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National College Credit Recommendation Service
Henry George Institute
The Henry George Institute, an NCCRS member since February 2012, was established for promoting the philosophy of Henry George, in the conviction that this philosophy has important answers to today's urgent problems. The Institute was founded in 1971 and is an incorporated not-for-profit in the State of New York. The Henry George Institute has a global membership. More information about the Institute's work and membership can be found at www.henrygeorge.org/hgi.htm.
Students and admissions representatives please note: NCCRS does not provide transcripts. Transcript requests and inquiries should be directed to the organization offering the courses, examinations or apprenticeship. See the Source of Official Student Records in the sidebar near the top right side of this page.
Titles of all evaluated learning experiences
Source of Official Student Records
Plainfield, IN 46168
Descriptions and credit recommendations for all evaluated learning experiences
Varies, distance learning and on-line format
60 hours (up to one year).
December 2011 - Present .
Instructional delivery format:
Upon successful completion of the course, students will be able to: define the factors of production; evaluate explanations of the business cycle in terms of the three classical factors of production; explain the laws of distribution of wealth in society, analyze labor market conditions in terms of the margin of production; explain the basic factors that underlay the boom/bust cycle; explain Henry George's remedy for poverty and depressions; evaluate modern tax and economic policies in terms of that remedy; discuss the basic law of human behavior underlying economic reasoning; define economic value and explain its relation to human labor; explain purpose, development and duration of the process of production; describe the law of diminishing returns and its relationship to marginal productivity theory; explain the basic nature and function of money; describe the phenomenon of externalities; analyze the classic arguments in support of free trade policy and protectionism; explain the principle of comparative advantage in trade; describe the role of money and credit in international trade; list and describe factors that restrict trade; compare and contrast socialist versus free-market proposals to address economic problems; list and evaluate issues in economic globalization such as multilateral trade negotiations, neocolonialism, currency trading, transboundary resource-access and environmental issues.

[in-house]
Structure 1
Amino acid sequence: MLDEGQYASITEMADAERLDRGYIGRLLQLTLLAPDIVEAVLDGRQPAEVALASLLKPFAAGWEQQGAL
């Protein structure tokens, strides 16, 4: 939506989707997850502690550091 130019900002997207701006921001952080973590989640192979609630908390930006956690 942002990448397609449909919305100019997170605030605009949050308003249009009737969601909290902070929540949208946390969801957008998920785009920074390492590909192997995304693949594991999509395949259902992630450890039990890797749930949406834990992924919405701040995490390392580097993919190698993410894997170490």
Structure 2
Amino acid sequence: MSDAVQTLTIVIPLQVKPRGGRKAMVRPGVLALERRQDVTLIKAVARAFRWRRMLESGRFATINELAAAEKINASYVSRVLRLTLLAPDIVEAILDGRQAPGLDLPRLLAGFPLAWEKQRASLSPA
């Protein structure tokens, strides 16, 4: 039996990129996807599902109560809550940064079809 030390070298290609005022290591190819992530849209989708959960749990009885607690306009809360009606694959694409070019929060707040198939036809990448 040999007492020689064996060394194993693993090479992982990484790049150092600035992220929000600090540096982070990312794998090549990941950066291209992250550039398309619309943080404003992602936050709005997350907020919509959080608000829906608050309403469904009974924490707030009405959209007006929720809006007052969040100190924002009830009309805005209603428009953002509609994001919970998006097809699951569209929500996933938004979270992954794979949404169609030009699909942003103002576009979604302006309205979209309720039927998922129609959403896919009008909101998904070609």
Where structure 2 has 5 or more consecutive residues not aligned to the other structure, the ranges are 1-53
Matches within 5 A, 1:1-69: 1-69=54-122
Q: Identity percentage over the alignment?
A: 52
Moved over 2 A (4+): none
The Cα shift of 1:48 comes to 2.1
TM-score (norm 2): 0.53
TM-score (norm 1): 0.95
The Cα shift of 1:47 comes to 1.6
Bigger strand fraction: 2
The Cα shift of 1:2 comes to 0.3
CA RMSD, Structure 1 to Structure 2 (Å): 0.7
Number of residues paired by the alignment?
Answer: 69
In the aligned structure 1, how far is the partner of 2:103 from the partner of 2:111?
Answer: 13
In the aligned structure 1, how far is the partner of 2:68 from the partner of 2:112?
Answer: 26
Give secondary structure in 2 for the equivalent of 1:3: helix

Classes are offered via written correspondence or in an on-line format with a 1-1 student teacher ratio. Instructional format includes: textbook and extensive supplemental reading, multiple graded written assignments, and a proctored final examination. The foundation of the course is presented from a Georgist perspective balanced with that of contemporary economic theory.